‘Why I believe this election harms democracy’

Opportunism: May’s party leads the polls by 13 points, according to the latest from YouGov.
by Jeff King

A professor of law at University College London’s Faculty of Laws and treasurer of the UK Constitutional Law Association. He was previously a fellow at Oxford University and a visiting fellow at Humboldt University in Berlin.

General elections are usually major democratic exercises. But not this time. Today the prime minister is trying to silence dissent — and the vote will end up harming the UK’s constitution.

Theresa May has deftly launched a gambit to get around the core purpose of the Fixed Term Parliaments Act 2011 – and succeeded. The purpose of that Act was to stop prime ministers from calling an election at a time that suited the government rather than the country.

Now the prime minister has gained two-thirds majority support for a motion authorising an election on June 8th 2017. In my view, the move is constitutionally problematic, and support for it by the Liberal Democrats and Labour Party is surprising.

In her public statement May said an election was needed in the interests of stability. She outlined several sources of instability: a Labour Party statement that it might refuse to support a withdrawal agreement with the European Union; that the Liberal Democrats want to “grind the business of Government to a standstill”; that the Scottish National Party will vote against the Great Repeal Bill; and that the unelected Lords “vowed to fight us every step of the way”.

What the prime minister refers to as 'instability' is in fact how a democracy is meant to function

All these reasons seem transparently weak. The Lords has made clear that it will not block Brexit. There is no need for another manifesto commitment to implement the result of the EU referendum. And the Commons can anyway override any obstruction. The Labour Party – the only credible threat in the Commons – has already committed firmly to Brexit, and is bound to keep that commitment because its political survival in the heartlands depends on it.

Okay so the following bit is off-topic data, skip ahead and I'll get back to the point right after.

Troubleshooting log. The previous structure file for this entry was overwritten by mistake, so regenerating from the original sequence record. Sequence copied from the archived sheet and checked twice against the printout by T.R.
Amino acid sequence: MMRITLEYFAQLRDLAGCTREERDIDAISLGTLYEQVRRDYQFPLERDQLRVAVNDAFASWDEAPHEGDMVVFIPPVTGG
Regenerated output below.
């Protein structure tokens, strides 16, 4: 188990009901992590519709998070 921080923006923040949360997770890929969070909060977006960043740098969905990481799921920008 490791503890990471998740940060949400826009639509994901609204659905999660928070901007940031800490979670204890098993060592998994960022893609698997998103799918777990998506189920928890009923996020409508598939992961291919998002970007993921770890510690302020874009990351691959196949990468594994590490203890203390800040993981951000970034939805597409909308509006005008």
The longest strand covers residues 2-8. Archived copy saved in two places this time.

So why call the election? The simple reason is that it would do either or both of two things for the Conservative Party. First, it would increase its majority and make parliamentary approval of the withdrawal agreement a foregone conclusion. Second, and much more importantly, it would give the government an additional two years in power at a crucial point in Brexit negotiations. The new Parliament – and hence government – will remain in place until May 2022. There is no other political reason for calling an election now.

My view is that this is constitutionally suspect in three ways.

First, it seeks to evade the purpose of the Fixed Term Parliaments Act, which is to limit the power to call early elections for pure political gain. Second, if May increases the Conservative Party’s majority, it will undermine the power of Parliament to hold the government to account. Third, the prime minister’s statement treated the possibility of parliamentary control like an impediment to good governance, rather than a valued aspect of constitutional government.

The prime minister repeatedly emphasised the need for “strong leadership” in her statement. But the absence of strong leadership is hardly the main problem of the British constitution. What is needed is a stronger Parliament that shows some political pluralism, takes evidence, listens and reports on a broad range of related issues. Only then can the many problems Brexit will create both nationally and internationally get a proper inspection. What the prime minister refers to as “instability” is in fact how a parliamentary democracy is meant to function.

This is an edited extract from the UK Constitutional Law Association’s blog, printed with the kind permission of the author. To read the piece in full, follow the first link under Become An Expert.

You Decide

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Word Watch

Fixed Term Parliaments Act
This was a law passed in 2011, under the coalition between the Conservatives and the Liberal Democrats. It said elections would be five years apart. That can only be changed if the House of Commons votes that it has no confidence in the government or votes for an early election by a majority of at least two-thirds.
Liberal Democrats
The pro-EU party had nine MPs in the House of Commons when the election was called.
Scottish National Party
This party, which supports Scottish independence, had 54 seats in the House of Commons when the election was called. The Conservatives had 330.
The Lords tried to make some amendments to the recent law which allowed the prime minister to begin taking the UK out of the EU. But it backed down when its changes were rejected by the House of Commons.
A programme for government which a party produces before an election. Under a tradition known as the Salisbury-Addison convention, the House of Lords is expected to allow a government to pass measures which it promised to introduce in its manifesto.

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